Is two-wheel drive still crazy, after all these years?

AWD evangelist Steve Christini

A year ago, at the Indy trade show, Steve Christini told me that he was shifting emphasis from his ‘all-wheel drive’ motorcycle kits towards building and selling complete bikes. Now, I see that Steve’s company is offering a road-legal supermoto-style 450 that incorporates his system for delivering power to the front wheel. That makes Christini the first OEM I know of with an AWD motorcycle intended for use on asphalt.

A few years ago, Rodney Aguiar–who works with Roland Sands–fit a Christini two-wheel drive system to one of Sands’ 450cc ‘SuperSingle’ road racers. That was probably the least closely guarded two-wheel drive road prototype though ultimately that experiment failed to determine whether two-wheel drive is Next Big Thing in road bikes, or another dead end.

But the question isn’t, “Would 2WD be the biggest safety advance for real riders on real roads since ABS?” Frankly, I’m already sure that’s true. The question is only, “Will you see it in your lifetime?”

Before WWII, several manufacturers converted conventional bikes to 2WD for use in trials competition. The use of same-size front and rear wheels, and simple girder forks, made it relatively easy to use a couple of additional chain drives to drive the front hub off the countershaft.

The challenge of getting power to the front wheel became more complex when telescoping forks became the de facto industry standard. Still, dozens of inventors have cobbled together systems using various combinations and permutations of shafts, chains, and cables, or hydraulic drive.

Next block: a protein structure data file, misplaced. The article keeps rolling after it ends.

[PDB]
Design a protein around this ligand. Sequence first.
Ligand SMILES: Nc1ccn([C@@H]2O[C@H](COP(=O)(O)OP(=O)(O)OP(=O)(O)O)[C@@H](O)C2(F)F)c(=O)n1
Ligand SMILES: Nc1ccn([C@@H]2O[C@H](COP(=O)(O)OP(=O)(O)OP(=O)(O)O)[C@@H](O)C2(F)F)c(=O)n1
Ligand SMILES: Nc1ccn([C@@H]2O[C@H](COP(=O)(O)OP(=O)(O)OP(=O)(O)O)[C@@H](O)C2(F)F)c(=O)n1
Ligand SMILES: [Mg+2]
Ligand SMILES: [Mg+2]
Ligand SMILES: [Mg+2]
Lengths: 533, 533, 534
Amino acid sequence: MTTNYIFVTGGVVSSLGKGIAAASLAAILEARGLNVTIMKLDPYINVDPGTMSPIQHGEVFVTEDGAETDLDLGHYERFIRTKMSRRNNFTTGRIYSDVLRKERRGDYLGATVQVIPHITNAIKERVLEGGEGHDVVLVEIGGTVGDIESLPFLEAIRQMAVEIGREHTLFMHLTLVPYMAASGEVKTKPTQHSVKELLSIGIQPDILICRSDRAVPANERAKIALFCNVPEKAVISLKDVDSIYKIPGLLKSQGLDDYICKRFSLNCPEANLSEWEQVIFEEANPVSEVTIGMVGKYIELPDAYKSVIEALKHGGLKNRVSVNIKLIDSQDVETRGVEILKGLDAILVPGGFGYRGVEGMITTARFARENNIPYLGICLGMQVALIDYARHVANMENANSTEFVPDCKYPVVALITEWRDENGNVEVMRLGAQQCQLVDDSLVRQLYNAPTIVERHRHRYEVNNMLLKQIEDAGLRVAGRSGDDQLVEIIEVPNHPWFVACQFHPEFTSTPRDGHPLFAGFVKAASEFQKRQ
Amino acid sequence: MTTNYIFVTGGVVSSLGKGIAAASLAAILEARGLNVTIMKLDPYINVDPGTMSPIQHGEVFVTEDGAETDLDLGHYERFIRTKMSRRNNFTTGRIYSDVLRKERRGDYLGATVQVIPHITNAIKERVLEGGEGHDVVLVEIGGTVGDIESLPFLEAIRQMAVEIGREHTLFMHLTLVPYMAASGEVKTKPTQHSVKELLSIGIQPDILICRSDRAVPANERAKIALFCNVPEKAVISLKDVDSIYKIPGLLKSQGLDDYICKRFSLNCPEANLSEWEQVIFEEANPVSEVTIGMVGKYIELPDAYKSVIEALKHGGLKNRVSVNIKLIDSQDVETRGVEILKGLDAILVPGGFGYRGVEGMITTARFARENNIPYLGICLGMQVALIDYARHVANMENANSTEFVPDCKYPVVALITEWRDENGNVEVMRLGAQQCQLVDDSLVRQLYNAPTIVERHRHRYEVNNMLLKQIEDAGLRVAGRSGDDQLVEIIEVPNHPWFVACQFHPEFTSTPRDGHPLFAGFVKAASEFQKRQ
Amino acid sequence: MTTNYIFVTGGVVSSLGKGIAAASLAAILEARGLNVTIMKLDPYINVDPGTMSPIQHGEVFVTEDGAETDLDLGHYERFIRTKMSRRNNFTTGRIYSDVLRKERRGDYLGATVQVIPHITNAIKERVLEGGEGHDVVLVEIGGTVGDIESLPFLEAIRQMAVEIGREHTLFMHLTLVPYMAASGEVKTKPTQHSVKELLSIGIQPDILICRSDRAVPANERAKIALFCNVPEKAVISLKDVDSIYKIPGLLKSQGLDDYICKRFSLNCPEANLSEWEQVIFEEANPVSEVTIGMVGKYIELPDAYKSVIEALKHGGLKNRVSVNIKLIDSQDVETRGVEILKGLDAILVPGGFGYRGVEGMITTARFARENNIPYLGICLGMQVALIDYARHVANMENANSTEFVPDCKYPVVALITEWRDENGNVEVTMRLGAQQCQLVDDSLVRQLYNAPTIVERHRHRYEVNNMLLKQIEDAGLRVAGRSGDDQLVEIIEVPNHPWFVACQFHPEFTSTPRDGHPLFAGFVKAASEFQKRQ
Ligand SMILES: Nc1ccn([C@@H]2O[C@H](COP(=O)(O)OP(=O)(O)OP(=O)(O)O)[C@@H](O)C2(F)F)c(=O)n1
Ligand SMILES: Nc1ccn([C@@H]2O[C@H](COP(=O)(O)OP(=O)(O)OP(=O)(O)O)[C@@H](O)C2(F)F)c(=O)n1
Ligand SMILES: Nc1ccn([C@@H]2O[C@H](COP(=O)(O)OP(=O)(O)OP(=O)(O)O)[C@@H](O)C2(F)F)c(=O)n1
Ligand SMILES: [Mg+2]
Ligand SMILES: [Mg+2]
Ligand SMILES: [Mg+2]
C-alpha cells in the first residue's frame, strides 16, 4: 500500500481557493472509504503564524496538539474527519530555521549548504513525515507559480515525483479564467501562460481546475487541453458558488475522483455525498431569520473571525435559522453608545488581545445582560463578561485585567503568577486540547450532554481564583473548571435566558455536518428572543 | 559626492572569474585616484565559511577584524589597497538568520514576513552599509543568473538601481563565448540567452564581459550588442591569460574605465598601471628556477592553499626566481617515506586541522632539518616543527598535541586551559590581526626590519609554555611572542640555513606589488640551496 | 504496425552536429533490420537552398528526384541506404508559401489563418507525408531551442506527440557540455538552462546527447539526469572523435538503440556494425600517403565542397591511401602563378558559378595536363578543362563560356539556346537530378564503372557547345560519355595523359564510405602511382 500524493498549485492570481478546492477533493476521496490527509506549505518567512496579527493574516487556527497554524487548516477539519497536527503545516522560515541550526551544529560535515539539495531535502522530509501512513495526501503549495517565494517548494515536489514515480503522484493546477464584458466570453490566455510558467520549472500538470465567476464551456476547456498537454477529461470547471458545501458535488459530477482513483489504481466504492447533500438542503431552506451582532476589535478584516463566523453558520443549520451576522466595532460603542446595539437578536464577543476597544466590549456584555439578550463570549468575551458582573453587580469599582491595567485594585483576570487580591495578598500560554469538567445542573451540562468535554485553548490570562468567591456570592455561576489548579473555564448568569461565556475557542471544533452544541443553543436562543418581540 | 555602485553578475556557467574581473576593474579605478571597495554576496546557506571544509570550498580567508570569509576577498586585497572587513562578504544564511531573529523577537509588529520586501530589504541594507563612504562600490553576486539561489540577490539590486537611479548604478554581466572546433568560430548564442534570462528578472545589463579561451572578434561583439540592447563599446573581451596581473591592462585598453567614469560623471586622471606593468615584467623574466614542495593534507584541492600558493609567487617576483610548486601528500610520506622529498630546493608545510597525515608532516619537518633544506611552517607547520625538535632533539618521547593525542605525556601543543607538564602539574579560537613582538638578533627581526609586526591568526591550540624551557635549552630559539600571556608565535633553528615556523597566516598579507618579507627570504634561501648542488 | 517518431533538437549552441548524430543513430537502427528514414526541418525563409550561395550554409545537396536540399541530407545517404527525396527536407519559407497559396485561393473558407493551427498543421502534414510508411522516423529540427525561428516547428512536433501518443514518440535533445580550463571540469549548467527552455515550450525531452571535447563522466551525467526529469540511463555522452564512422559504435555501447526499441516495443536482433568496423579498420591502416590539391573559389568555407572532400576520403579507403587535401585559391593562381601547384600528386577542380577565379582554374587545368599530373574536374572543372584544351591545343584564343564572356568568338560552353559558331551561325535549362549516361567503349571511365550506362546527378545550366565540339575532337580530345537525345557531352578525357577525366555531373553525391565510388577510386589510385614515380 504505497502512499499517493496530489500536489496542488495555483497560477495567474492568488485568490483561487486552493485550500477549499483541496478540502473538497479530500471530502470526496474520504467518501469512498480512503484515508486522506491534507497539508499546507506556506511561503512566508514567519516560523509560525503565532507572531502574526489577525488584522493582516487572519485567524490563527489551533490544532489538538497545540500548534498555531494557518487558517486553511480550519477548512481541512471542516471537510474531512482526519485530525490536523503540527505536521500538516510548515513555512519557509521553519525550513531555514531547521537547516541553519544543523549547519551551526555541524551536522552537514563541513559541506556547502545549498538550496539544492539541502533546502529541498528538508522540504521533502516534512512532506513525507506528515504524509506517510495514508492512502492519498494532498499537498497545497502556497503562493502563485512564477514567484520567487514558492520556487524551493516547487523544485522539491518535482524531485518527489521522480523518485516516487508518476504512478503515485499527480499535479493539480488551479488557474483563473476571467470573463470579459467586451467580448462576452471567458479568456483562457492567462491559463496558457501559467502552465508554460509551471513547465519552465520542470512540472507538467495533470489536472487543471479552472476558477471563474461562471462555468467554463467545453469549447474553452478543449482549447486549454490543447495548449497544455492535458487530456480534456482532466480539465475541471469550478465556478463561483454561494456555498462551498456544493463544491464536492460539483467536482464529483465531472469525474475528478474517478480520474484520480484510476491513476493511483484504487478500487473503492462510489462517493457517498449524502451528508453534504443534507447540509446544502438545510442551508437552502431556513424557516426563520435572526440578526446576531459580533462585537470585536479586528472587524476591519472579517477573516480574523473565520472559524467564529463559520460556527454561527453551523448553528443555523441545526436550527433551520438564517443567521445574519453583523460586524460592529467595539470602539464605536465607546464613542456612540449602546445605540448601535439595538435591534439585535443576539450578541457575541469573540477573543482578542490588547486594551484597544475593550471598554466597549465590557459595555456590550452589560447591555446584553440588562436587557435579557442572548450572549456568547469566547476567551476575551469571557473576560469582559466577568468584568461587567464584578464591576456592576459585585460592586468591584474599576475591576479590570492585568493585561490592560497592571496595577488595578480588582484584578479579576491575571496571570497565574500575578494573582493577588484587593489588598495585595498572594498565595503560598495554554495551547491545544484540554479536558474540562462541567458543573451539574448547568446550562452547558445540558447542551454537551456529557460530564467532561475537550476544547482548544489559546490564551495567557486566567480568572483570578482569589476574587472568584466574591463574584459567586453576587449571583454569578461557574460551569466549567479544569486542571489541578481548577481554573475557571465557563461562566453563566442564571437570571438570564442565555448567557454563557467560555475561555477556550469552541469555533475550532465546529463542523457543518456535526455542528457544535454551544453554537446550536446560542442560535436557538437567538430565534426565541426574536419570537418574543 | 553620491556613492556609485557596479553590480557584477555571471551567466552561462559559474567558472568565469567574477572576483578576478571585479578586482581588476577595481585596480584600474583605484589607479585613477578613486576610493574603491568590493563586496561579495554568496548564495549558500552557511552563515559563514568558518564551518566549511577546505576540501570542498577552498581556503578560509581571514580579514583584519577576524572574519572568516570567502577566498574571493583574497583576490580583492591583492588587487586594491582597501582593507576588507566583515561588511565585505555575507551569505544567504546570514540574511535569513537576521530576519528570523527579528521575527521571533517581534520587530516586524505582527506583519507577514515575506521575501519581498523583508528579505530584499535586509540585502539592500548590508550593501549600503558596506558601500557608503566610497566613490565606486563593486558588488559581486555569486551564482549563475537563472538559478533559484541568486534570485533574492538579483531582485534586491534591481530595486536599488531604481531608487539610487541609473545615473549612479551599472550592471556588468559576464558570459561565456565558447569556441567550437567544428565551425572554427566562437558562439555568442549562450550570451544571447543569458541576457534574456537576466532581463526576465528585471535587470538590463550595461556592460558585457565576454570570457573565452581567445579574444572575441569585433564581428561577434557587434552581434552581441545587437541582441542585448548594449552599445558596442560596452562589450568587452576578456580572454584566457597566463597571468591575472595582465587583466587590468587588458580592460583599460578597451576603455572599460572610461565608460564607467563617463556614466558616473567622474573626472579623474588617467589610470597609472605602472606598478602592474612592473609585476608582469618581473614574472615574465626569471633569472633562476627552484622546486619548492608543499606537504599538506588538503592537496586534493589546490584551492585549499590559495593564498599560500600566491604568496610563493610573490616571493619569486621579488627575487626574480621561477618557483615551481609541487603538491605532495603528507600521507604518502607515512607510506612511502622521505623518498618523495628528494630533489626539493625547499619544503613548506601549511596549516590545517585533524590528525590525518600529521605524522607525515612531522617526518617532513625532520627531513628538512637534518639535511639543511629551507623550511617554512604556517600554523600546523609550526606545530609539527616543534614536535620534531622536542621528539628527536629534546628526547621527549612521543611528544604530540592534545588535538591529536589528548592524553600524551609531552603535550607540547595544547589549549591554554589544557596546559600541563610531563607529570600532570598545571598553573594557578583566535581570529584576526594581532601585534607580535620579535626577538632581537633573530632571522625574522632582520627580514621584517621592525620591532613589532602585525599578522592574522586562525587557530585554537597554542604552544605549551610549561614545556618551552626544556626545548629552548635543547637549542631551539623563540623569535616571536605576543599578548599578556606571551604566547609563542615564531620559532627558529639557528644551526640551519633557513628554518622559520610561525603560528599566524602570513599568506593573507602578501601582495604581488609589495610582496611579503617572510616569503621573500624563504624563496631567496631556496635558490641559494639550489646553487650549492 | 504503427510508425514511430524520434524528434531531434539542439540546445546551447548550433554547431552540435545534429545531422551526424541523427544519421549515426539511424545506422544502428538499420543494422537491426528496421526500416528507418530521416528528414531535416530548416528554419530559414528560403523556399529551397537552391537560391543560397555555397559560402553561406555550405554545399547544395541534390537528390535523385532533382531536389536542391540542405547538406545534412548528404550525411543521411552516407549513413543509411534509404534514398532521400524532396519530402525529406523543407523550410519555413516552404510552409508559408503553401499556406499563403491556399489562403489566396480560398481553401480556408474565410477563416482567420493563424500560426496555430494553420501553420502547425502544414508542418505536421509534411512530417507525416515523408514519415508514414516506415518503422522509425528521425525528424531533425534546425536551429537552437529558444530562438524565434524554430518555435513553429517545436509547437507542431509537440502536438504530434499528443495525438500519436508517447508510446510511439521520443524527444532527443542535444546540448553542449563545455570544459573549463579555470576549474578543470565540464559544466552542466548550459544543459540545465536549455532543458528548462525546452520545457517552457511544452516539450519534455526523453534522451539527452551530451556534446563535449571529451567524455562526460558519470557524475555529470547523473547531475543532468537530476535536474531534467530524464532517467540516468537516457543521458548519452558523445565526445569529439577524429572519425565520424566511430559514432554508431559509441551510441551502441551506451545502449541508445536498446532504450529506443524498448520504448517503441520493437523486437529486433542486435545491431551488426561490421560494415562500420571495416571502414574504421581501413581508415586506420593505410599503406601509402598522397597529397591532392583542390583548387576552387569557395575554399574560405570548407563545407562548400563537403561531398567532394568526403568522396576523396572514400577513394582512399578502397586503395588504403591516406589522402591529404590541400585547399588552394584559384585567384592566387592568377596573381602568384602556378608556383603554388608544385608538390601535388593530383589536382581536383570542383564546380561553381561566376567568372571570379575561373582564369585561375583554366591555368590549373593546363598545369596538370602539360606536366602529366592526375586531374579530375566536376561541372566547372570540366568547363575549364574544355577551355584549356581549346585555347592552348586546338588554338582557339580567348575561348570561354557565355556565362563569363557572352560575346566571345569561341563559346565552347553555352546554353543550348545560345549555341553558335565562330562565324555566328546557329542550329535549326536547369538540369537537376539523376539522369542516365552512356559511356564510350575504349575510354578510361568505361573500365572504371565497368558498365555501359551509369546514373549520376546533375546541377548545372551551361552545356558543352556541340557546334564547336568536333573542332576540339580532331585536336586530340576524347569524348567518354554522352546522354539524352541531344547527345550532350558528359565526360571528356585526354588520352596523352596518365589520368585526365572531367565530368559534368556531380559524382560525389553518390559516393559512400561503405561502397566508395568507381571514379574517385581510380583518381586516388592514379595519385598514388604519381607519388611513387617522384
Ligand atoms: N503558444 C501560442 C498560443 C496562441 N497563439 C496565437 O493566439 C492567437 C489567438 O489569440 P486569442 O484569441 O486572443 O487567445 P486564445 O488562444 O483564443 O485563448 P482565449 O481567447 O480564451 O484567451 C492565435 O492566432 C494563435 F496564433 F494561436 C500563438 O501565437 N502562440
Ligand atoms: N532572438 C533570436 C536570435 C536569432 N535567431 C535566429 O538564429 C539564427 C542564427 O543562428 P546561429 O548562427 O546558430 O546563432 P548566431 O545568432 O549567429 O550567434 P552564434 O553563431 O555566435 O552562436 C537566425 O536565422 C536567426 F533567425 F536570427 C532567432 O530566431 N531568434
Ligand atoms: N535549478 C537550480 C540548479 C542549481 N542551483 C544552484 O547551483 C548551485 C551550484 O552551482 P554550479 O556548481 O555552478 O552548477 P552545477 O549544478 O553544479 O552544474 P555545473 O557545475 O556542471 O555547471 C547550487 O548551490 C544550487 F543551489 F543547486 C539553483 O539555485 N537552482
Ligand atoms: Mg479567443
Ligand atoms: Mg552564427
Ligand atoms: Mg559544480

The most (commercially) successful was a Californian named Charles Fehn, who created the Rokon. It’s hardly changed at all in 50 years. The large disc wheels are hollow, and Rokon points out that they can be used to carry extra gasoline or water.

Suzuki Falcorustyco

If left empty, they apparently make the bike float. Off-road? Heck, you can use this thing off land .

The success of the Audi Quattro automobile in the early ’80s was probably the impetus for Suzuki’s two-wheel drive Falcorustyco concept bike, shown at the ’85 Tokyo Motor Show. It had hub-centre steering and hydraulic drive. The Falcorustyco was purely a concept, although the following year, Suzuki showed the Nuda.

It had mechanical drive to both wheels and looked tantalizingly close to something they could build and sell.

In the early ’90s, Yamaha took the slightly less farfetched GTS1000 into production. It’s been reported they planned to produce a two-wheel drive version. They licensed James Parker’s RADD suspension technology for the GTS, and that system was well suited to 2WD.

In fact, Parker had patented a 2WD version of his own.

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